By John Salak –
Thank goodness the Germans stepped up, especially in the face of the endless stream global of challenges facing mankind. Yes, the world is dealing with a seemingly unending pandemic, climate change is ravaging the environment, droughts are squeezing Africa dry and regional violence is flaring up everywhere.
In the face of these challenges, physicists at the Helmholtz Institute of Radiation and Nuclear Physics and their colleagues at the Argelander Institute for Astronomy at the University of Bonn have tackled a crucial issue. Why don’t beer mats—those cardboard coasters used to protect tabletops—fly more effectively when they’re spun across a tavern?
They discovered these mats usually go astray after 0.45 seconds. (In case you’re wondering, playing card lose it after 0.24 seconds.) The reason for the poor flight performance is the interaction between gravity, lift and the conservation of angular momentum. Ultimately, the mat tips backwards shortly after being thrown due to gravity, the team reported.
This was not a slipshod research project. These highly focused Germans pulled out all the stops by building a beer mat throwing machine and then recorded the flights of these coasters with a high-speed camera to track their groundbreaking work.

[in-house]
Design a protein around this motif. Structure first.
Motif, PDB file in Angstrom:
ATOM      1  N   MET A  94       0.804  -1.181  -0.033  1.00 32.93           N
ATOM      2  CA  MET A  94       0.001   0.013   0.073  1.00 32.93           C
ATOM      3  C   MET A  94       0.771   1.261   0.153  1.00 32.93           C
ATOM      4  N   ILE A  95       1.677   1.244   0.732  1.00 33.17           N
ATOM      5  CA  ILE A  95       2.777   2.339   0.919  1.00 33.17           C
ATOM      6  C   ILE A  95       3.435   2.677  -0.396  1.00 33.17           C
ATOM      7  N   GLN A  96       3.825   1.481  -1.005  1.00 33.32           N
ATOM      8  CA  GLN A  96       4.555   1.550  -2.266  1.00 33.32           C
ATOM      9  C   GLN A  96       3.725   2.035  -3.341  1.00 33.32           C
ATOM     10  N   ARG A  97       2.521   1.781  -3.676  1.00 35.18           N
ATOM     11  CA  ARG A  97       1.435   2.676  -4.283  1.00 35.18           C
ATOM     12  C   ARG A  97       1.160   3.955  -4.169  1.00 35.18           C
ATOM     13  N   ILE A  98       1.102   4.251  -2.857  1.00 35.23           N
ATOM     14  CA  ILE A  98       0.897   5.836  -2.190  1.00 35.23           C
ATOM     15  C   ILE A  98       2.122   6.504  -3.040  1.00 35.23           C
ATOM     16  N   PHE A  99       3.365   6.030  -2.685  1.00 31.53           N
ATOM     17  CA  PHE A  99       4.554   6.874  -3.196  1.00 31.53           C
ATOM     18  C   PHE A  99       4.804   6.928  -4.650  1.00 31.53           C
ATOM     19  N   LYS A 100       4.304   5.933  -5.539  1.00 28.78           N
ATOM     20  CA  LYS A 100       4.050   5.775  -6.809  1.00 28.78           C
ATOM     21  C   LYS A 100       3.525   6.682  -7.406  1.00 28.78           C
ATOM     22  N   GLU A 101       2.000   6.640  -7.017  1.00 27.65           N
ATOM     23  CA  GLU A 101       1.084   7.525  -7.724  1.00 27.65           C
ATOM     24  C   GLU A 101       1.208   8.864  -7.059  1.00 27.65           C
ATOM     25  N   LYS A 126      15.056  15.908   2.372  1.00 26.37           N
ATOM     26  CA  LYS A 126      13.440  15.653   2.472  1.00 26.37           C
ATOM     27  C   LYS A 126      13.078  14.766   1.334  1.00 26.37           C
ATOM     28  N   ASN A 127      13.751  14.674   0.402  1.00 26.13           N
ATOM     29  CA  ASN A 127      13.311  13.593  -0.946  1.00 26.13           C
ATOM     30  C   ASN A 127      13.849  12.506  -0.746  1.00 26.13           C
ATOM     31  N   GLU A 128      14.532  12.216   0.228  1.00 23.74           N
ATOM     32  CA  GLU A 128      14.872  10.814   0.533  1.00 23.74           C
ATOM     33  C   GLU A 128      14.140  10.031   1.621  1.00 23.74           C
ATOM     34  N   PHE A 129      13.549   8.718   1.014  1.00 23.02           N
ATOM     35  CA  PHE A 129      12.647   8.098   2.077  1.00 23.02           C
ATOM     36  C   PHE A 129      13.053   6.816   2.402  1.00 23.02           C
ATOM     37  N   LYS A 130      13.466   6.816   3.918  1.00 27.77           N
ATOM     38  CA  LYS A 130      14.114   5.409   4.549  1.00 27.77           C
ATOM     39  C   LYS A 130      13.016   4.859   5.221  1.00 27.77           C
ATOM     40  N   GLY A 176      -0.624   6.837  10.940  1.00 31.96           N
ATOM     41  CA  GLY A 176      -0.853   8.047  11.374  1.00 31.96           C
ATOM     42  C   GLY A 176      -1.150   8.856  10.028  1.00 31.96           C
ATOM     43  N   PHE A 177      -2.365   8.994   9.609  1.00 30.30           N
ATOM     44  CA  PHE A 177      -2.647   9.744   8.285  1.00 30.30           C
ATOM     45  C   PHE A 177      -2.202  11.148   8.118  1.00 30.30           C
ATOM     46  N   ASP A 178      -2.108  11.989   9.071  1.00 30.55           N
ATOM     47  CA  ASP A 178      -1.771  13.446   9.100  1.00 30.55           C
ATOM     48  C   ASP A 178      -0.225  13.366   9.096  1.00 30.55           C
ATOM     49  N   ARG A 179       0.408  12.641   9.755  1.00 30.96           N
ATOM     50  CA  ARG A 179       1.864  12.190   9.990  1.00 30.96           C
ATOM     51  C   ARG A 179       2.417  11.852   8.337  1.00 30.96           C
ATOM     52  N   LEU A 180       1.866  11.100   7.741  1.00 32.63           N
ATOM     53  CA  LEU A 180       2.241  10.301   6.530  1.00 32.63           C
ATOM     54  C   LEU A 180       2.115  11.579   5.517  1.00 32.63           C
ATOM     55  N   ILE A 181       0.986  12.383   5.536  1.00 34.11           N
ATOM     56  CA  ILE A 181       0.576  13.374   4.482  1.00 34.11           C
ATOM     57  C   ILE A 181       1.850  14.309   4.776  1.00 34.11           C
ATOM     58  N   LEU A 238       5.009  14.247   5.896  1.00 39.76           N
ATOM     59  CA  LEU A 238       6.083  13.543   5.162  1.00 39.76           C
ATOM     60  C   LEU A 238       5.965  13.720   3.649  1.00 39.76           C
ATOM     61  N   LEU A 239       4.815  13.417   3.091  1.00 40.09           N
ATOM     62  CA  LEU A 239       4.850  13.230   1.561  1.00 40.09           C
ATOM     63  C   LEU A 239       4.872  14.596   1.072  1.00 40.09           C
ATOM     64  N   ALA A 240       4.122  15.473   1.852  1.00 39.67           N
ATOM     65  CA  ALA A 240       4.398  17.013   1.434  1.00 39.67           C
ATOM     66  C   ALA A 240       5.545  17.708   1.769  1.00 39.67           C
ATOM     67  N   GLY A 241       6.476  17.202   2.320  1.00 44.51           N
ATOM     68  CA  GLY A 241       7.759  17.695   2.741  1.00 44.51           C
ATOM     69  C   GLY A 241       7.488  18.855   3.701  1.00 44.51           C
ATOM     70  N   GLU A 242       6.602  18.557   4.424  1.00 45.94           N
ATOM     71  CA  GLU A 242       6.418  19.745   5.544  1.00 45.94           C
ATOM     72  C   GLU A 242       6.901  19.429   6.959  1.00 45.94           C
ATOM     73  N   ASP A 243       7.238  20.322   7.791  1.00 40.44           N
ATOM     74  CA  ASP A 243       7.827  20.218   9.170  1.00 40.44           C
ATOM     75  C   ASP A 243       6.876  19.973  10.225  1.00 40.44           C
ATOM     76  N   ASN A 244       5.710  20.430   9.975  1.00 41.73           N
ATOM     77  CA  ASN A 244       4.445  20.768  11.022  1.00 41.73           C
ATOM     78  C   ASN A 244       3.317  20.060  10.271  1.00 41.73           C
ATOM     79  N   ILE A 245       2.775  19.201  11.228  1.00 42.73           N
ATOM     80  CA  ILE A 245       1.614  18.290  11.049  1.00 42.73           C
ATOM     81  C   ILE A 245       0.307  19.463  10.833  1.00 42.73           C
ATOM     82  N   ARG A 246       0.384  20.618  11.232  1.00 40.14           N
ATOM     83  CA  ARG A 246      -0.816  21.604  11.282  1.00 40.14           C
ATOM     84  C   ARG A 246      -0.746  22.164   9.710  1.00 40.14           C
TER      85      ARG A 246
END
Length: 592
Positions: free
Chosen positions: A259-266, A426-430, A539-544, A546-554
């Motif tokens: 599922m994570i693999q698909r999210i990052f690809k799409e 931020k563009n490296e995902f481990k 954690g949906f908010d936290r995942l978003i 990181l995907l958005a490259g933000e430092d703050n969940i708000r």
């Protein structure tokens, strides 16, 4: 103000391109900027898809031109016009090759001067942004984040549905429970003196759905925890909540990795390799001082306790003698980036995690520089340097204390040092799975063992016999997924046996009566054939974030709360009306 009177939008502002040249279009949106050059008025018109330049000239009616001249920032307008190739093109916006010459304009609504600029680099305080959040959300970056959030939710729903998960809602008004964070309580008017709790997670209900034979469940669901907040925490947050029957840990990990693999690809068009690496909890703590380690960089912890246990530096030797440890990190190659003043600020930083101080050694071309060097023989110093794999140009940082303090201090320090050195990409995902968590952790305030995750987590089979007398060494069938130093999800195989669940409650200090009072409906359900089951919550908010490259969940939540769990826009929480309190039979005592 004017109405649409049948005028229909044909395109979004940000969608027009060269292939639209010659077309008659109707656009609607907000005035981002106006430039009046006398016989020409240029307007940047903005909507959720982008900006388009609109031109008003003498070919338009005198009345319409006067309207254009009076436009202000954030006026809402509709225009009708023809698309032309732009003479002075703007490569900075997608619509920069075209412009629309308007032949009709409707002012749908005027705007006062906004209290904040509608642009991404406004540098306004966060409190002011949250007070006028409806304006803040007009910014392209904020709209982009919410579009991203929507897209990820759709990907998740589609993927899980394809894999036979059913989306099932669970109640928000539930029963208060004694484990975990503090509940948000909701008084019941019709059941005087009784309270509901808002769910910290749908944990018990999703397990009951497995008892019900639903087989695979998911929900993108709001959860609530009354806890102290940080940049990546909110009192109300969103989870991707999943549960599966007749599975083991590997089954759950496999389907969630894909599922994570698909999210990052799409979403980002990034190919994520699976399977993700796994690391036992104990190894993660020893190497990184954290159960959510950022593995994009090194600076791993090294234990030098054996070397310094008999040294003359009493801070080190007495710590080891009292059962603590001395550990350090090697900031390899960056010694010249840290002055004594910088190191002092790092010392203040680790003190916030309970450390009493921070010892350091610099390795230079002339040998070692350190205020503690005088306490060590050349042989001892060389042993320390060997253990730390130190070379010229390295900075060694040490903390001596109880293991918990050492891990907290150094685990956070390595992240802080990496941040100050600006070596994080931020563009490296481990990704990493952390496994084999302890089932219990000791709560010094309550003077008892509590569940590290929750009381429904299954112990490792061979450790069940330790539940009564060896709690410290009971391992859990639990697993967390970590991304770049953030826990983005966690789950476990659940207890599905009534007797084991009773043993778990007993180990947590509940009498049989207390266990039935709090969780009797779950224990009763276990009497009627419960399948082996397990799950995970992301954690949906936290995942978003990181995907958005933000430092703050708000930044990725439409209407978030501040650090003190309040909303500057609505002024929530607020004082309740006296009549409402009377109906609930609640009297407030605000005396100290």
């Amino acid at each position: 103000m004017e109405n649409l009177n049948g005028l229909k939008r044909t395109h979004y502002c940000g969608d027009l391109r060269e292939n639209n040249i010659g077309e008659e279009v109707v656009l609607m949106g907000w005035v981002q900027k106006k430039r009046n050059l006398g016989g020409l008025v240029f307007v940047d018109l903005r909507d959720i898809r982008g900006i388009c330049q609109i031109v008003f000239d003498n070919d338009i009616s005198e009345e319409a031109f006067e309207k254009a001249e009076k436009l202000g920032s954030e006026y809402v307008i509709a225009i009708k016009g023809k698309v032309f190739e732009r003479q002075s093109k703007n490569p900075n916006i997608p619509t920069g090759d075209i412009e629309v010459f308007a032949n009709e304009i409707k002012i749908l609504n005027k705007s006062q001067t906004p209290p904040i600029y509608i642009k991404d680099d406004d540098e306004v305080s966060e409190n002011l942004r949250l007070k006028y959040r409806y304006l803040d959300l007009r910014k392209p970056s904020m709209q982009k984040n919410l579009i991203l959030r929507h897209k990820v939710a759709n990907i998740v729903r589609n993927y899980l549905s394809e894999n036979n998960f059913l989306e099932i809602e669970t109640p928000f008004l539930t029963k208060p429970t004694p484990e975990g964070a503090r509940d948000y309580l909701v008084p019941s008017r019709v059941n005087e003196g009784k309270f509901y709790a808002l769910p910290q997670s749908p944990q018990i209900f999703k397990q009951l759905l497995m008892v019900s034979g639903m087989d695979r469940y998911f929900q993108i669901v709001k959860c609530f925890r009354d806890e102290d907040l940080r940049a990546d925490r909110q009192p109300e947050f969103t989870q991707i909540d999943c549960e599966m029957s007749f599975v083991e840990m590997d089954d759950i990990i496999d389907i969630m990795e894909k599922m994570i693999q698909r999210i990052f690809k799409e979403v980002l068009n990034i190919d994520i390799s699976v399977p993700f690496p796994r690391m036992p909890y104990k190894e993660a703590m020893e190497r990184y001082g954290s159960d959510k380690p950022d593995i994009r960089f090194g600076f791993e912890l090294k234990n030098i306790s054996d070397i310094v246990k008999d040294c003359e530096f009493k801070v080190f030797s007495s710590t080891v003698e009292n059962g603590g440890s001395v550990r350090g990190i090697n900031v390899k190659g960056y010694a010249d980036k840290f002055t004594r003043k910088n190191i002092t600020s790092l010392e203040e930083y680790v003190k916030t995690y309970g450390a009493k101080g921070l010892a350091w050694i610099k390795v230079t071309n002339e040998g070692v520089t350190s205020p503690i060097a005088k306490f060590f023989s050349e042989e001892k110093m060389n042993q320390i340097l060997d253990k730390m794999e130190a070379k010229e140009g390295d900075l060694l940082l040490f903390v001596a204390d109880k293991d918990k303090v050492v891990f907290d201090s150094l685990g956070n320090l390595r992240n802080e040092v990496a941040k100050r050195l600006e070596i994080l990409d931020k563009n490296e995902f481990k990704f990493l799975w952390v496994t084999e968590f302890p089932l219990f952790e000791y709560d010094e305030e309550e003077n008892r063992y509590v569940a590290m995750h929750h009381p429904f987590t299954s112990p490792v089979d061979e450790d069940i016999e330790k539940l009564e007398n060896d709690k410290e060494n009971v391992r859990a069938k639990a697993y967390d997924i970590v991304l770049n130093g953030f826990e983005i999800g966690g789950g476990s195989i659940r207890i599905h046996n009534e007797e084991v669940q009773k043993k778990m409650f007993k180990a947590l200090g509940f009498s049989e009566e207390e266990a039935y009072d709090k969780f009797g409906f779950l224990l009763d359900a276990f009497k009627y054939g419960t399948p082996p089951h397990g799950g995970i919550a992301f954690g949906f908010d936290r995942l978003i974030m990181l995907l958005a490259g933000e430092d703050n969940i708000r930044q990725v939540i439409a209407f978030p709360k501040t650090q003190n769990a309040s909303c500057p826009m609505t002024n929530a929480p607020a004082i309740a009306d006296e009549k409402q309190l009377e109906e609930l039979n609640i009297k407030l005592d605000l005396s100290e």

Way to goes guys. What a relief. The research even provided some guidance for frustrated mat flingers. “Those who want to throw really far and precisely should place the mat in a vertical position and apply backward rotation,” advised Johann Ostmeyer, a PhD student who realized the pressing need for this research and pressed the powers that be to cough up the Euros to fund it.
Of course, this groundbreaking research, which was proudly supported German Research Foundation (DFG) and the National Natural Science Foundation of China (NSFC), does beg some pressing questions.
Why were astronomers involved? Do they tend to hang out at German beer halls? And what’s next for these curious scientists? They’re not telling but speculation is rife with research possibilities that include studies on:
And, dare we say, Black Forrest Cake hurling.